The Raman spectrum of dried PA powder (Fig. 1b) shows at 3231 and 3440 cm−1 the bands due to the OH stretching modes involved in strong and weak H-bonds, respectively. In the range 2800 - 3000 cm−1, very strong peaks are present, due to CH2 and CH stretching vibrations of PA backbone. The characteristic feature of the carbonyl stretching belonging to the carboxylic group is found at 1701 cm−1, whereas stretching vibrations of the carboxylate group (–COO) are at 1605 cm−1. The peak due to CH2 deformations is at 1463 cm−1. The deformation of CH2 groups of the polyacrylate backbone shows a peak at 1416 cm−1, whereas that of CH groups bound to a carbonyl is at 1335 cm−1 [28]. The peaks at 903 and 864 cm−1 are attributable to the C–COOH (with a contribution of the OH out of plane bending) and C–COO stretching, respectively [29].

PA was also characterised by liquid NMR, although it is rather insoluble in common deuterated solvents: upon solvent adding a suspension was formed and poured into an NMR tube. Thus, the 13C NMR spectrum recorded in d8-toluene and shown in Fig. 1c is due only to the soluble fraction [30]. Notwithstanding, the high-field resonances in PA spectrum, assigned to methylene (30.7 ppm) and methine (35.4 ppm) carbons, respectively and the peak at 162 ppm, assigned to C=O functions [31] confirm the polyacrylate structure, in agreement with FT-IR and Raman data.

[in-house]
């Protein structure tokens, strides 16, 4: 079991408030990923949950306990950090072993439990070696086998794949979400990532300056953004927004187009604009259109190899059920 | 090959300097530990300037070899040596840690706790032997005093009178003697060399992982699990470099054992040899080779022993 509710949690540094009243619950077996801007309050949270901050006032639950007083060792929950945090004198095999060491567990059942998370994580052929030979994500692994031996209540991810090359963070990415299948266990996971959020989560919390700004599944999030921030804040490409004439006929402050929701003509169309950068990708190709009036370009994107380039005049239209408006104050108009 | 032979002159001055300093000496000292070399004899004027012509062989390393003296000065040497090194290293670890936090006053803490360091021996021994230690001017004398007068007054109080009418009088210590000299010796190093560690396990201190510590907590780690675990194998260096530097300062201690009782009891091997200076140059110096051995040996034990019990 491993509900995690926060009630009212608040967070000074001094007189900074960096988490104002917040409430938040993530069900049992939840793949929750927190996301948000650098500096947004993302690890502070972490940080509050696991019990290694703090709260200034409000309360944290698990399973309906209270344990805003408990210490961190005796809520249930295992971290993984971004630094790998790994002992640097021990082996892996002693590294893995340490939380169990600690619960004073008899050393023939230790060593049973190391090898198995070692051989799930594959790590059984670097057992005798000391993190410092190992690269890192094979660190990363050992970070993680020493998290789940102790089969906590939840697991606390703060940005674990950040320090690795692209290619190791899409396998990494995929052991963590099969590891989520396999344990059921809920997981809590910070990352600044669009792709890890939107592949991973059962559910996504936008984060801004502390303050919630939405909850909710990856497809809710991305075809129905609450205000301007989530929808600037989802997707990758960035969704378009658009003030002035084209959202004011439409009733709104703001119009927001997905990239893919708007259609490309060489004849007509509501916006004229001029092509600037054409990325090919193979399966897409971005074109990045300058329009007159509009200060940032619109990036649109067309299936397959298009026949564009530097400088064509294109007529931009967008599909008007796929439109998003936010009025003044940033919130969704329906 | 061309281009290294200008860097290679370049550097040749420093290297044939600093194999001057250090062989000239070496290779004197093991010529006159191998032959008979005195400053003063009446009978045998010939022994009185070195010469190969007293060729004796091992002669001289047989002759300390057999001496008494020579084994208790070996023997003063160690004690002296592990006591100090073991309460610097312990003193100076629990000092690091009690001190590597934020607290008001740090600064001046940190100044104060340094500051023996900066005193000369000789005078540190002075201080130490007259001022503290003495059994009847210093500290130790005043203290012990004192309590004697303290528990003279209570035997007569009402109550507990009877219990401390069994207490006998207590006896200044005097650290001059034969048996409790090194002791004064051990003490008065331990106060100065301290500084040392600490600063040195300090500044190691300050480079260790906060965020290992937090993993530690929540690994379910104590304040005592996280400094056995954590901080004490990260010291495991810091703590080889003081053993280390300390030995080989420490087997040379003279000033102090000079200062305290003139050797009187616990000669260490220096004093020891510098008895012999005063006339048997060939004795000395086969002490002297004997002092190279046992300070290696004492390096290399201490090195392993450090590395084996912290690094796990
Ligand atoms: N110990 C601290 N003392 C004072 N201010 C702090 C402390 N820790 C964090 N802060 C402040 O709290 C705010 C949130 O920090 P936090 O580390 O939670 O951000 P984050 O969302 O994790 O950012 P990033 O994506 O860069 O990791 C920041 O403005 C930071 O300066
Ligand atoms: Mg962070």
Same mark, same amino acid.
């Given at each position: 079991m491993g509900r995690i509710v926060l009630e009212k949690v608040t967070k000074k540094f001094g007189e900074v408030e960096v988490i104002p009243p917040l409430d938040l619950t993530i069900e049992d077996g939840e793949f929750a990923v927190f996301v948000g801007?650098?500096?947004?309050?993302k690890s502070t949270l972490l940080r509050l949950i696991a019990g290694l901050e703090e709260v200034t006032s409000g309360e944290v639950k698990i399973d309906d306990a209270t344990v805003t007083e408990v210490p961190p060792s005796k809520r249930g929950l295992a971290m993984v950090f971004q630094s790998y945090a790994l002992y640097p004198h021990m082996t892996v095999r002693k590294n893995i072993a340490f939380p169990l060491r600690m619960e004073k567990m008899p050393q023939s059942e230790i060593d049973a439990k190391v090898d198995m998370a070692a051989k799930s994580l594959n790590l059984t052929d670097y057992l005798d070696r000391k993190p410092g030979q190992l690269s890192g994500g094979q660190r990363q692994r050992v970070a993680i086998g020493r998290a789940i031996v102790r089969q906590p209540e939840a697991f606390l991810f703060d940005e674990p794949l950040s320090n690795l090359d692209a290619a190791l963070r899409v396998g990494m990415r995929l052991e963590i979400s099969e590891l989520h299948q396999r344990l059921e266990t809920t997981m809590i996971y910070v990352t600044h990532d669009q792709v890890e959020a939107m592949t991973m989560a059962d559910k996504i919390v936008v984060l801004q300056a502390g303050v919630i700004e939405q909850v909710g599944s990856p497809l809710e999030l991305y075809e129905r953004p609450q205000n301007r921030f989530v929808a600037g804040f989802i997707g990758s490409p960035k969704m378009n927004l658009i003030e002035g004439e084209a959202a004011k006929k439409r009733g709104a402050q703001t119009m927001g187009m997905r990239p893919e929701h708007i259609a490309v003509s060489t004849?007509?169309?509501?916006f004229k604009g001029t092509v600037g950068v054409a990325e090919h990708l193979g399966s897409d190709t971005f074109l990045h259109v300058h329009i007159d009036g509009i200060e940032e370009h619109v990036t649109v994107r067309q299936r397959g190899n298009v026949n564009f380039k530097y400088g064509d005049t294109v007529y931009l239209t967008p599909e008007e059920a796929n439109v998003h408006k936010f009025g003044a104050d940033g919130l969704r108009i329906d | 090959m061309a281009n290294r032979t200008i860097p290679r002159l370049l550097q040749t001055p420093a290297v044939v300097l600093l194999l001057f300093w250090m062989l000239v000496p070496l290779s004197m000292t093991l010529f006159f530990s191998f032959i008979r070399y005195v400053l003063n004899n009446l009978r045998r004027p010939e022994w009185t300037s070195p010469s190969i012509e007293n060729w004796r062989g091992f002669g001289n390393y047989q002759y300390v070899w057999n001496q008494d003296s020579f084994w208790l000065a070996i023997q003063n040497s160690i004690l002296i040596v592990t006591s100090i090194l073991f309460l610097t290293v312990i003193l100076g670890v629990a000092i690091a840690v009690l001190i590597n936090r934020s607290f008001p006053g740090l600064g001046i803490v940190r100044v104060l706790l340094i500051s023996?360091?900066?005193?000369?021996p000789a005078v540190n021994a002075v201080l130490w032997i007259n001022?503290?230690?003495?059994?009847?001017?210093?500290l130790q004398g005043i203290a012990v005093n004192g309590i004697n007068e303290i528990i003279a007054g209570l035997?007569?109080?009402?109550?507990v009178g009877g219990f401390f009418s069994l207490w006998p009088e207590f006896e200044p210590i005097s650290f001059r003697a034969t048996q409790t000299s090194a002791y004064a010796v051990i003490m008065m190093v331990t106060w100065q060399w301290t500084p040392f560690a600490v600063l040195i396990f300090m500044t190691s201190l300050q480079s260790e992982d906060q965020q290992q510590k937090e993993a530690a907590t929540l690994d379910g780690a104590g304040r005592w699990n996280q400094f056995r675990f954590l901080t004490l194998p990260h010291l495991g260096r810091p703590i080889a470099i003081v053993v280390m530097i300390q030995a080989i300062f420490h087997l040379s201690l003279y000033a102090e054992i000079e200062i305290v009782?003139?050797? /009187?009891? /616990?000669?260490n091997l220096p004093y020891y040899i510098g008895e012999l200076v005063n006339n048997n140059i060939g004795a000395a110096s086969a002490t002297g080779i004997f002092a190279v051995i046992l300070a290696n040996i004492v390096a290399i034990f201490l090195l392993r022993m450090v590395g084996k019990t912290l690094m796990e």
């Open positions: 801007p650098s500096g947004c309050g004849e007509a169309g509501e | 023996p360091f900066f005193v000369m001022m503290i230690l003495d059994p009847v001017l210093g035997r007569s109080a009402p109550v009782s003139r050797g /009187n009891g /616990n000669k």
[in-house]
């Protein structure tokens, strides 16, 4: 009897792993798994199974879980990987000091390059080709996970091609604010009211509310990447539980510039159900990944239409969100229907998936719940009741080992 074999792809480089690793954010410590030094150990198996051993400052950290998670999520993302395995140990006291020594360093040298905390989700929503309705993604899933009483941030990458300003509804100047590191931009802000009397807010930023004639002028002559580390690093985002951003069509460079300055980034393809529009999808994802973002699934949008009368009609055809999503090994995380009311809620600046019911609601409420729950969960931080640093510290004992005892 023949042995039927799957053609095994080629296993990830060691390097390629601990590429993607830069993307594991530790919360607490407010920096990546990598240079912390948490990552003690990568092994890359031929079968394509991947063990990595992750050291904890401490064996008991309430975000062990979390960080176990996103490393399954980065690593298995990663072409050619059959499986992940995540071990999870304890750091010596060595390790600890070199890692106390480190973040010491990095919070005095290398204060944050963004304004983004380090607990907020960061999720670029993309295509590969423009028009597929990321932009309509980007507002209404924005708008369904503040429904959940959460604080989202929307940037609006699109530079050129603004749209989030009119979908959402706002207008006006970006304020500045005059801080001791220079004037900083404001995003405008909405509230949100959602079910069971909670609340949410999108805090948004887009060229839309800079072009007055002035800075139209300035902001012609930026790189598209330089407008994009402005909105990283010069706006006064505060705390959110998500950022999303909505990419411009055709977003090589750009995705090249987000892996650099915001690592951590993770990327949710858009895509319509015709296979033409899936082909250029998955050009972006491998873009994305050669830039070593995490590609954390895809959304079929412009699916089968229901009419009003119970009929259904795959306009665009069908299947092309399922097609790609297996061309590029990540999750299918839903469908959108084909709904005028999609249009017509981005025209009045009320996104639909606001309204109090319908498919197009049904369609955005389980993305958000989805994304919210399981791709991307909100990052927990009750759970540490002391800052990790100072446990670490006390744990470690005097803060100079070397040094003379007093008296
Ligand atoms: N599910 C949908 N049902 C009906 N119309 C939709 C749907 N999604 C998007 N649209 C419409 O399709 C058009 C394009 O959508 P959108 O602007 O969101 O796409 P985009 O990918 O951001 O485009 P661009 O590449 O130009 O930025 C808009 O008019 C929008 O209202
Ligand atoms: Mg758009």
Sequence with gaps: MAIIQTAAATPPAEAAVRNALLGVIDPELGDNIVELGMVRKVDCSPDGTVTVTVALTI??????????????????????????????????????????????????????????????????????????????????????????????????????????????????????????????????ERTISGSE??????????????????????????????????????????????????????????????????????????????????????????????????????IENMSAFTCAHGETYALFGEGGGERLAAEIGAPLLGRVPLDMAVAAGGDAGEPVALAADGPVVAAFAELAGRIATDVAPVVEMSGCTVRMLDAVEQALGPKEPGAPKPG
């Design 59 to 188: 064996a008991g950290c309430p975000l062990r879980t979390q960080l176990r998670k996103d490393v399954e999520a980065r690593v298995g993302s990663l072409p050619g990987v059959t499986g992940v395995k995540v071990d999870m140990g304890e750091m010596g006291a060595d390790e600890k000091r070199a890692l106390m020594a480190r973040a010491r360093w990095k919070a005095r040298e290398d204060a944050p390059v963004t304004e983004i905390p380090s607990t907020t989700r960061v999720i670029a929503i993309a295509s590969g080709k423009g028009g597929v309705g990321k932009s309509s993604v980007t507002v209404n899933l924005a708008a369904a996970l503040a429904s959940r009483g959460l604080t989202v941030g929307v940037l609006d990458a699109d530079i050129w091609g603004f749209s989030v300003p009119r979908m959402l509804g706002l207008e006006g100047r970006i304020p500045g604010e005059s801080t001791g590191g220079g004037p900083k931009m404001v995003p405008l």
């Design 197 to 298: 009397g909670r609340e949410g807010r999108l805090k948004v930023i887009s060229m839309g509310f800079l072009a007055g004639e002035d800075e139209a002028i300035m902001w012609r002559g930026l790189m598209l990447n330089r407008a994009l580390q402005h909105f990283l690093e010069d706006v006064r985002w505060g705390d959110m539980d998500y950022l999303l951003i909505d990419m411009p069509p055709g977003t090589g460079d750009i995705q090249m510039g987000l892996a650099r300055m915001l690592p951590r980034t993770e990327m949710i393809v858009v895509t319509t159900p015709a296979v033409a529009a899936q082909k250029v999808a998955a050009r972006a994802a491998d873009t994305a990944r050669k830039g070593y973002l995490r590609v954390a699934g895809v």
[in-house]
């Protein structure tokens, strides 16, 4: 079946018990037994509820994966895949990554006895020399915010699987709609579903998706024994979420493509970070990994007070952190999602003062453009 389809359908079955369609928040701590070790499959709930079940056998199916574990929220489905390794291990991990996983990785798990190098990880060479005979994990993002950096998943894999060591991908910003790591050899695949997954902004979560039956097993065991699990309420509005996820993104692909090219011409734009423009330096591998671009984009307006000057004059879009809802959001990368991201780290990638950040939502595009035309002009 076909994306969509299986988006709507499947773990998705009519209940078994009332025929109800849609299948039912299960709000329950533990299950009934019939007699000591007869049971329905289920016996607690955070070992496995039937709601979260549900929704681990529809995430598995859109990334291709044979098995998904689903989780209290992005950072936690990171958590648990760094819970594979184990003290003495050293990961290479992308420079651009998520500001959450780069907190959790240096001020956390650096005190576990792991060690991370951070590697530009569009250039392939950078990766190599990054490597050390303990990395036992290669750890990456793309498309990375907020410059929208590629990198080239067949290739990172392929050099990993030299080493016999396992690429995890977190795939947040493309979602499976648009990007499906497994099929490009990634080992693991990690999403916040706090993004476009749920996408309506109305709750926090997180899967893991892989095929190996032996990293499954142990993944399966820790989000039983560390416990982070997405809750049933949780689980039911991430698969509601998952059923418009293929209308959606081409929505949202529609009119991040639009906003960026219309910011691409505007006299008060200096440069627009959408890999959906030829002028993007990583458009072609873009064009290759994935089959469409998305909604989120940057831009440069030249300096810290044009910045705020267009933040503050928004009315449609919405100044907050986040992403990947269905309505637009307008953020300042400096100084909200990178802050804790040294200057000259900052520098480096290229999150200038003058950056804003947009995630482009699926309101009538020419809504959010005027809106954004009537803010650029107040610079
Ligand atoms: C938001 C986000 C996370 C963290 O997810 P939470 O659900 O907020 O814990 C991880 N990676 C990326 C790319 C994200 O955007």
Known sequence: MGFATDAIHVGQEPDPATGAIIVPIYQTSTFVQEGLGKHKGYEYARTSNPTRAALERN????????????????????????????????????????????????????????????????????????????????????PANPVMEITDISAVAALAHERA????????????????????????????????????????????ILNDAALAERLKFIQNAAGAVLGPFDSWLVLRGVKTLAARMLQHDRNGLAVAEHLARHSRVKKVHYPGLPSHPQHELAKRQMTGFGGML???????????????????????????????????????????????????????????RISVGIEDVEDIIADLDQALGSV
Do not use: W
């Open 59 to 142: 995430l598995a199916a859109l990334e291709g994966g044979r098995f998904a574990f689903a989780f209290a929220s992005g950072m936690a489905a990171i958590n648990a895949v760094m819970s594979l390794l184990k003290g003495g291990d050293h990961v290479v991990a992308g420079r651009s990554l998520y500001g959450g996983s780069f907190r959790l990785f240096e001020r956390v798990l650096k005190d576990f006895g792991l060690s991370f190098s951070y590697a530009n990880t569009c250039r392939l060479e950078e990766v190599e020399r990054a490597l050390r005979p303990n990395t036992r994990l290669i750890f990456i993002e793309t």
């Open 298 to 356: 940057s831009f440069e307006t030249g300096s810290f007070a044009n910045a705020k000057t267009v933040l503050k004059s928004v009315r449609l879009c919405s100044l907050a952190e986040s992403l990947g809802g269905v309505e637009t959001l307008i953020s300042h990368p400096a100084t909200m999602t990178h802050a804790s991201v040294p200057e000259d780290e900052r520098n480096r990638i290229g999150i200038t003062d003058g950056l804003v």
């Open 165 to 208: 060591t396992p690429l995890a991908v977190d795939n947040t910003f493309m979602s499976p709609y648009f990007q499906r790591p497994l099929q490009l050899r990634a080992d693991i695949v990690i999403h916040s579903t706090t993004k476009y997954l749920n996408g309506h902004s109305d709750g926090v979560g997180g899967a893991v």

Three glass transitions are observed in the DSC curve of PA powder up 600 °C (here not shown): a first minor at about 30 °C; the most relevant between 80 and 100 °C and a third at about 220 °C. The two minor glass transitions are due to lateral chain or minor movements. A pronounced height of step indicates that the main chains are involved in glass transition, while the width of the step deals with homogeneity of the material, the larger the less homogeneous. This characterization appears useful in order to identify any material changes in PA supplies. In fact, polyacrylates synthesized upon same condition should show the same DSC pattern. It should be noted for a complete information that, at the end of each DSC test up to increasing maximum temperatures, a loss of mass was detected and shown in Table 1. That attributable to the evaporation of previously adsorbed humidity and to a small extent of volatile organic impurities, as suggested by FT-IR results, accounts for about 7%. At temperatures above 200 °C, polyacrylate is supposed to depolymerise through a pyrolytic mechanism, analogously to what is already known in the literature [32, 33].
Table 1

PA mass losses measured after DSC tests at different maximum temperature with heating rate of 10 °C/min under a nitrogen atmosphere

T (°C)

Initial weight (mg) ± 0.1

End weight (mg) ± 0.1

Mass loss (%)

























2.2 PA hydrogels